Jill Dando was the victim of ‘professional hit’ says ex-career criminal in new Netflix documentary

BBC broadcaster Jill Dando was the victim of a “professional hit”, a former career criminal has claimed in a new Netflix series on the high-profile unsolved murder case.

The much-loved former Crimewatch presenter was shot and killed outside her home in Fulham, west London, on April 26, 1999, at the age of 37.

Who Killed Jill Dando? is to be released on Netflix on Tuesday, September 26, and will take viewers through Dando’s life and the true crime mystery that continues to mystify experts and the public.

The three-part series is expected to reflect the various theories of who may have been behind the murder, including convicted sex offender Barry George, who was originally convicted of Dando’s murder. George was imprisoned for eight years before later being acquitted and released after a retrial.

Armed robber-turned-writer Noel ‘Razor’ Smith is interviewed in the series.

According to the Mirror, which has previewed the documentary ahead of its release, Smith says: “I don’t really want to talk about [who carried out the murder] for my own safety.

“But there are rumours in the criminal world, let’s put it that way. It’s not who you would think and it’s not Barry George. It was a professional hit.”

Police forensic officers at Gowan Avenue, Fulham, where TV presenter Jill Dando was murdered (PA Archive/PA Images)
Police forensic officers at Gowan Avenue, Fulham, where TV presenter Jill Dando was murdered (PA Archive/PA Images)

Asked if he knew why Dando was killed, he says: “No. If I tell you why - you’d know who did it.”

He reportedly goes on to say: “The way it was done was professional. In the 80s and 90s, the way every hit was carried out was in broad daylight out in the street.

“You want a place where people are not expecting you to do it. The chances of catching a professional who works in that way are slim to none.”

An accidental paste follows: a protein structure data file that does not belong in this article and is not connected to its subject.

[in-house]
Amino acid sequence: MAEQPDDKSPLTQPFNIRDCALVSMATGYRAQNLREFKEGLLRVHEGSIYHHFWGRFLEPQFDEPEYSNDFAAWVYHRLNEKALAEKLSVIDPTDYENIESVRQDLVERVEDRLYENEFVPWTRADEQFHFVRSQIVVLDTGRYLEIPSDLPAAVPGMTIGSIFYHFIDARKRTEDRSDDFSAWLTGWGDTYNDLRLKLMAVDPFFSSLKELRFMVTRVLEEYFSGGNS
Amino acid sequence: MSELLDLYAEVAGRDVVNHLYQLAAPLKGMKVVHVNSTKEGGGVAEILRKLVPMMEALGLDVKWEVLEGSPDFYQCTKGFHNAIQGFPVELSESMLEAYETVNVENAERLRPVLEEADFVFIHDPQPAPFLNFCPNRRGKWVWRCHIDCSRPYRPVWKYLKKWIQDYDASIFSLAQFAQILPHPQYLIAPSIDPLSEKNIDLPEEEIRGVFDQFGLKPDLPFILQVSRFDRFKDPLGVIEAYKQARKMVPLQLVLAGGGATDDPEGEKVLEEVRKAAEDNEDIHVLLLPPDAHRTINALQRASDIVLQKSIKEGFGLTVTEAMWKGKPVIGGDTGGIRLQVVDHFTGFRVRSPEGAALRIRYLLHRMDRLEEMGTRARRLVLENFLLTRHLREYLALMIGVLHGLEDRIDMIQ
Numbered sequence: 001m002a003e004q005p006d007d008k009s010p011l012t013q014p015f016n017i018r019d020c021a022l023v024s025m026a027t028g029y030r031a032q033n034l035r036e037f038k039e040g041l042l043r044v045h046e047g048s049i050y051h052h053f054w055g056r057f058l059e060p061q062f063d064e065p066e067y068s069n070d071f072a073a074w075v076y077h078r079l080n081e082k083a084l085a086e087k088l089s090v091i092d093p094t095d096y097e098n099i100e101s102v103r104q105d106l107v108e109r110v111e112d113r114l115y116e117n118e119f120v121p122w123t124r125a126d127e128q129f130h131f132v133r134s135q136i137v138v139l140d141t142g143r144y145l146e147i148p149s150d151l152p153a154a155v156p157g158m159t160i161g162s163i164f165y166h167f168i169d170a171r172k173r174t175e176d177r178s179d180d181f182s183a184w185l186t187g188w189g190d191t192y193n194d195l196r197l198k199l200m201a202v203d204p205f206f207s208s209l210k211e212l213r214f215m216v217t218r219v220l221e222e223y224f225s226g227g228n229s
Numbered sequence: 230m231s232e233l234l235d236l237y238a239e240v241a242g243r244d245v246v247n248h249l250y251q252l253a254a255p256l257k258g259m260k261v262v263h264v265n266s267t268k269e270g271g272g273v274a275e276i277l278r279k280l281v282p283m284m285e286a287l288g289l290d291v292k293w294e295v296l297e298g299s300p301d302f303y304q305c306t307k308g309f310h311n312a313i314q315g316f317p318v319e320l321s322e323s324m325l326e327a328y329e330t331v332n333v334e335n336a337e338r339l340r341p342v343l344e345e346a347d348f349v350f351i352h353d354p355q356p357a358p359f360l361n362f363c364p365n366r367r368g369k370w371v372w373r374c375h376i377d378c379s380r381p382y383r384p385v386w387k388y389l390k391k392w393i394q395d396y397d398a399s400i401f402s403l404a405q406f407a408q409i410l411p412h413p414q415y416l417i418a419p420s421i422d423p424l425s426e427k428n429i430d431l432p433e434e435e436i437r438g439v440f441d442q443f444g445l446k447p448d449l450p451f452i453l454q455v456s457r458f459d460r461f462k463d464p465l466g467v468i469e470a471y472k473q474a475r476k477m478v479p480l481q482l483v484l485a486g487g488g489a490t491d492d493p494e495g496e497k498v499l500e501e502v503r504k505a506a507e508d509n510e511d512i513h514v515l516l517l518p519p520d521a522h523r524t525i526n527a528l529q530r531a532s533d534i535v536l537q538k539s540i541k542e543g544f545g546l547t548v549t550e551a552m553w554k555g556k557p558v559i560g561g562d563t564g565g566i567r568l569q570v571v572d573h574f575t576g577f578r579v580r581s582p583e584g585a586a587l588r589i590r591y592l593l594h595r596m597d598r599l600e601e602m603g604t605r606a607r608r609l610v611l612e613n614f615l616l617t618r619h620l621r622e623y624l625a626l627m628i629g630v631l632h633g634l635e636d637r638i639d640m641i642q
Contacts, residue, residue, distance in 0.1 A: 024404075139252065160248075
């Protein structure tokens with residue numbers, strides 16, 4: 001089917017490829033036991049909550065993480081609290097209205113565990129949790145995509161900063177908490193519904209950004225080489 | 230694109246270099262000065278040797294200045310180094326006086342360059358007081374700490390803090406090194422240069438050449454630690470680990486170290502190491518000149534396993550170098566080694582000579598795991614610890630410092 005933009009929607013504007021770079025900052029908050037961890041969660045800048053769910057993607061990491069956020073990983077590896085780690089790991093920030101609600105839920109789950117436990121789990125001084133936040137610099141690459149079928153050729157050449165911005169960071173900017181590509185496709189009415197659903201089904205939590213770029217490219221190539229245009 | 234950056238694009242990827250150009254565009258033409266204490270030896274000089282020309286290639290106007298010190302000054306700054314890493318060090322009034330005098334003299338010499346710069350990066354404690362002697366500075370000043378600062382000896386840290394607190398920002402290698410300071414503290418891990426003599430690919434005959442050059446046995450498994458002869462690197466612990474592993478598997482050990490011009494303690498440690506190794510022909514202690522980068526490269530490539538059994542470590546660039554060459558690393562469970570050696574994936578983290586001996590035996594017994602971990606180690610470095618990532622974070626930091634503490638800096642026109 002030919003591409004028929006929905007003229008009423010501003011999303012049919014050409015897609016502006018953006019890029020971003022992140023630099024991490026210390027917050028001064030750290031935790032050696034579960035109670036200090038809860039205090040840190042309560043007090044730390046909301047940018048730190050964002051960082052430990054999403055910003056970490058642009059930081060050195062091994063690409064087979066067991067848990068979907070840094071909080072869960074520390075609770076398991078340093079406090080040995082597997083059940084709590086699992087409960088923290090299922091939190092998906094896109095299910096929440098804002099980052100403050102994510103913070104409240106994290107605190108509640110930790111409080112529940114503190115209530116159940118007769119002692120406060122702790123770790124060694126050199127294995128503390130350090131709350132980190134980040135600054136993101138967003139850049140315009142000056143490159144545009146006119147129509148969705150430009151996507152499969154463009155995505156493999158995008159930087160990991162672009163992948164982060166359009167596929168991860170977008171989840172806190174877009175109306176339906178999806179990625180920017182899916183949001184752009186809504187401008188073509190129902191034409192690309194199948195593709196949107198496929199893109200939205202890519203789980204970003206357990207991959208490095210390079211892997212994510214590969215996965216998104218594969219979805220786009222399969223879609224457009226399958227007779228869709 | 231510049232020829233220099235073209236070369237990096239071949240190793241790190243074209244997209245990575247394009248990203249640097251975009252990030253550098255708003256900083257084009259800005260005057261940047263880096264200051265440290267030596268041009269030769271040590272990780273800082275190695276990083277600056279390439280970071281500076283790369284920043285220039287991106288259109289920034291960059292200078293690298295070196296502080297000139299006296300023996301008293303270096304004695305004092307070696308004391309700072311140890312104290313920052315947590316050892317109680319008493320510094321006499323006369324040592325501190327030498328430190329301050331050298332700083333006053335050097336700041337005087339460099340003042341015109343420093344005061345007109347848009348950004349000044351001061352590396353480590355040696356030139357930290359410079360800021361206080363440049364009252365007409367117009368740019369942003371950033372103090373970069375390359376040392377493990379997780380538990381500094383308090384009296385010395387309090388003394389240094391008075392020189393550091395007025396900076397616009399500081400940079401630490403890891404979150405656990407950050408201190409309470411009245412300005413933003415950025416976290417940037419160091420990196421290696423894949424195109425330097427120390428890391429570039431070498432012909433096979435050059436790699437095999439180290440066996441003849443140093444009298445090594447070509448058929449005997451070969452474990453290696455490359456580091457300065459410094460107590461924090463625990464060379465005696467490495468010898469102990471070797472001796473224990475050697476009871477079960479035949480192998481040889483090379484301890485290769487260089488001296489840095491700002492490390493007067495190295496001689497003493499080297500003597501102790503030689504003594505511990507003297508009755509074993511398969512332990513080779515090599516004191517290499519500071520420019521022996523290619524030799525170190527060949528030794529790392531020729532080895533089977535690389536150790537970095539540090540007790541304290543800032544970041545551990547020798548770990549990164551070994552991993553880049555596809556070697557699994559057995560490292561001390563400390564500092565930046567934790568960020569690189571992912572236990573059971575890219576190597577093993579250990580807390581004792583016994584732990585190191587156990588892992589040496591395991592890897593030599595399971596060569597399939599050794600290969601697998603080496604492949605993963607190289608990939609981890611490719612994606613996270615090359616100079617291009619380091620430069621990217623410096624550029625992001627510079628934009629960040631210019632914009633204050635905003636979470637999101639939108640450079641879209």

Dando was one of the country’s most recognisable faces when her murder sent shockwaves across the nation.

She had become engaged to high-profile doctor Alan Farthing just three months before her death. She spent most of her time at his home in Chiswick, and was selling her own house in Fulham.

On the morning of April 26, 1999, she made the 15-minute drive home in her BMW convertible, arriving at around 11.30am. Just outside her front door her murderer pounced on her from behind and forced her to the ground. He held a gun to her left temple, and fired a single bullet.

Her body was discovered around a quarter-of-an-hour later by a neighbour, who called the police.

Dando was taken to hospital, where she was pronounced dead.

Dando’s murder became the biggest criminal investigation of the decade.

London’s homicide squad reportedly interviewed more than 2,500 people, took more than 1,000 statements and traced more than 1,200 cars.

A trailer for the new Netflix show features clips of George, including one in which he says: “It makes me angry that they’ve taken eight years of my life.”

It also features a clip of Loose Women panellist Jane Moore saying: “To be sitting here 24 years on and saying that we still do not know who killed Jill Dando is mind-boggling.”

Outside of her work on Crimewatch, Dando was also seen during the 1980s and 1990s on BBC shows including travel show Holiday and The Antiques Inspectors.

She began as a reporter at her local paper The Weston Mercury in Weston-Super-Mare, Somerset, before moving to the morning programme Breakfast Time, which later became BBC Breakfast.

The upcoming Netflix series will chronicle her life through a mix of archive, new research and interviews.

The project is directed by Marcus Plowright, known for Fred And Rose West: Reopened and executive produced by Emma Cooper, who worked on The Mystery Of Marilyn Monroe: The Unheard Tapes.